Table 5.
Adjusted prevalence of CKD, by MDRD Study equation estimation of GFR, among those with prediabetes versus no diabetes, by selected characteristics, NHANES 1999 through 2006
Table 6.
Adjusted prevalence of CKD, by CKD-EPI equation estimation of GFR, among those with prediabetes versus no diabetes, by selected characteristics, NHANES 1999 through 2006

Smoking, insurance status, and having a routine site for health care were not significantly associated with CKD among those with prediabetes or no diabetes, regardless of estimating equation or FPG; higher education and income were associated with lower CKD prevalence for all participants, but the associations were statistically significant only for those with no diabetes (data not shown). In sensitivity analyses in which those who were on medications for diabetes were considered to have a diagnosis regardless of self-report, 32 participants (18 with undiagnosed diabetes, 12 with prediabetes, and two with no diabetes) became participants with diagnosed diabetes; however, results using this classification were nearly identical to those in Table 2 (data not shown).


We found that CKD prevalence, as estimated by reduced kidney function and presence of albuminuria, was high among those with diabetes, regardless of diagnosis status or GFR estimating equation; approximately 40% of those with undiagnosed diabetes showed evidence of CKD. By applying our final CKD and diabetes prevalence estimates from NHANES to available US Census data on noninstitutionalized adult civilian residents, we estimate that up to 13 million US adults may have undiagnosed or prediabetes and CKD. Although 42% of CKD cases occurred in those without diabetes, 39% of cases occurred in those with undiagnosed diabetes or prediabetes.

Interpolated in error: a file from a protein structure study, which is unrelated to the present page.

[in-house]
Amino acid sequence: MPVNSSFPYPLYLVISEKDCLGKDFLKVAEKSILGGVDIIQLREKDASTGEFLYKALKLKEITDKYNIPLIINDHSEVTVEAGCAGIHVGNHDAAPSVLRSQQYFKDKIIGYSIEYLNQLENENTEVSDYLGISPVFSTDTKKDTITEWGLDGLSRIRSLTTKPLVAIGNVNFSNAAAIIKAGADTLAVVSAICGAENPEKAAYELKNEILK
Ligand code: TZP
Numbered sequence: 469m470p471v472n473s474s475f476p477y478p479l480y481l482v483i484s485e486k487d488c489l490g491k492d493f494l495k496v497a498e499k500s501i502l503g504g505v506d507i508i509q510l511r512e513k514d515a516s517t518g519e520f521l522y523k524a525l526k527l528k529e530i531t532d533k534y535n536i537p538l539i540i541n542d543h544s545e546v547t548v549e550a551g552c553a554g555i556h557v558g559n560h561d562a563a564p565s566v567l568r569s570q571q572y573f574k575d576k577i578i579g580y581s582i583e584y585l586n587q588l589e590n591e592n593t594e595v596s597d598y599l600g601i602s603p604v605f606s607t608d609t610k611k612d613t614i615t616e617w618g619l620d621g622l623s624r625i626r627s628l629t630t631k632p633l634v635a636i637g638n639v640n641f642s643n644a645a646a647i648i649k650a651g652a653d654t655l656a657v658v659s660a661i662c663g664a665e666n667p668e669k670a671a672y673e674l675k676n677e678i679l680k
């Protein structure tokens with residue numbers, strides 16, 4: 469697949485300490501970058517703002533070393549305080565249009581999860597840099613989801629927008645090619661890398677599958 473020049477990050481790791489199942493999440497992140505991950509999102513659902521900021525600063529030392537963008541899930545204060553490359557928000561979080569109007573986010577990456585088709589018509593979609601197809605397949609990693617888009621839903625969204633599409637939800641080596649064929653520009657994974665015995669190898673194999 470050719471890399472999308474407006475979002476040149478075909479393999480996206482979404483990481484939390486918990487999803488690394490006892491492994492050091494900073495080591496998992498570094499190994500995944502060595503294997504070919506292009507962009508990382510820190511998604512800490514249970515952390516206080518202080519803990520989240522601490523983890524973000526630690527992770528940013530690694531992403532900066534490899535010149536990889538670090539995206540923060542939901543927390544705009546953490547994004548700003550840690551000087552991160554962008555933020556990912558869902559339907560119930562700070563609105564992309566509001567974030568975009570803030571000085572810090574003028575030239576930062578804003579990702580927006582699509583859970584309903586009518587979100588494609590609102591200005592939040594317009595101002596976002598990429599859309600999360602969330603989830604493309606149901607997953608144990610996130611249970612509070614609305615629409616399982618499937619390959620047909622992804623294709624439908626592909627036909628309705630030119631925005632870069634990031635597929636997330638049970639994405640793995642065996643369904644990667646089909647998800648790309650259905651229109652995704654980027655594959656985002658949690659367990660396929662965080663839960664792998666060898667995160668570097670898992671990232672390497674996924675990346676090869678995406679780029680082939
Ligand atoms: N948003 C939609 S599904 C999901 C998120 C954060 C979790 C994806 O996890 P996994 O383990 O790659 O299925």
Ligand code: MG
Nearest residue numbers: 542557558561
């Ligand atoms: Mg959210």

A substantial proportion of adults with undiagnosed diabetes had evidence of kidney damage and/or kidney function decline. Current standards of diabetes care recommend annual CKD screening among those with diabetes (12); however, this screening is unlikely to occur in those with undetected diabetes unless the person has another risk factor that is being treated, such as hypertension. We showed that many in the community (approximately 10% of those with undiagnosed diabetes) do not have a routine site for health care and are likely not being followed for any CKD risk factors; however, we found that even having insurance and a routine site for health care or having a condition that is known to increase CKD risk (hypertension), which might improve preventive care as a result of increased access or earlier screening, were not associated with lower CKD prevalence among those with diabetes. Thus, greater community awareness of diabetes and its risk factors may be needed to improve detection of both diabetes and subsequent CKD among these individuals. Greater awareness of diabetes might allow for detection and treatment of both conditions to help prevent progression and complications (13).